All other beans: wow I'm so picky I can't justify it. I lived in NM for many years, and if I never eat another pinto bean I won't be sorry. But the cousin of the pinto, the Rattlesnake bean, is my favorite bean on earth; I make a big pot using ham stock or smoked turkey stock and always add some form of chile. It never fails to make me happy served over white rice. I like a good dish of red beans and rice, but not all red beans are equal. My favorites are the dark red organic beans from Purcell Farms, also my source for Rattlesnakes. I like black beans, but usually people undercook them. I don't like them, or most other beans, in salads.

 

My favorite beans from Rancho Gordo:  Yellow Indian Woman, Marcella, Good Mother Stallard. Too bad, all three are sold out right now.

 

Biggest turn-offs: beans paired in any way with seafood. 

 

Beans that should be great but rarely are: various kinds of baked beans. For years I've collected recipes for baked beans and pretended I am going to rise to the challenge but I just don't. The ingredients always sound so enticing: mustard, hickory, maple or cane syrup, vinegar, worcestershire sauce, brown sugar, bbq whatever, etc. Right?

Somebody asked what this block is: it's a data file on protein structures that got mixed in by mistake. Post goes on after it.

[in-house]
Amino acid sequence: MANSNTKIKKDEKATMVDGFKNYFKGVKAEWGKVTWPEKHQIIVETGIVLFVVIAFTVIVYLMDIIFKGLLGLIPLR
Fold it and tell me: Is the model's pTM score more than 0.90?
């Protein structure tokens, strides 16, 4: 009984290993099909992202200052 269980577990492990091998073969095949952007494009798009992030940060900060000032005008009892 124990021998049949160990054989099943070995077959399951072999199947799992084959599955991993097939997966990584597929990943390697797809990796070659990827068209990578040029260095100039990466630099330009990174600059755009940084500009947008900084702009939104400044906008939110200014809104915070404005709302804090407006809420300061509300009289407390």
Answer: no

Fresh shelling beans: Fresh black eyed peas are a treat, served as Hoppin' John or served warm over sliced heirloom tomatoes with lots of crunchy salt and olive oil (and bacon never hurts). Not so fun to shell, but some children with long attention spans are very good at it.  A developmental task for sure, and there's a  small window.  Another great fresh bean is the butter bean, but rarely available in these parts. There used to be an older fellow who sold fresh eggs and butter beans in season, and he would even have bags of them already shelled. I loved him. Sadly he has been gone from the Berkeley Farmers Market for years. There are a number of fresh beans (cranberry is only one) that can be had this time of year. I love to bake them in the oven in a bath of olive oil, some chopped tomato and onions and thyme. And I'm sure I would be very happy with whatever Professional Hobbit wants to do with them next weekend.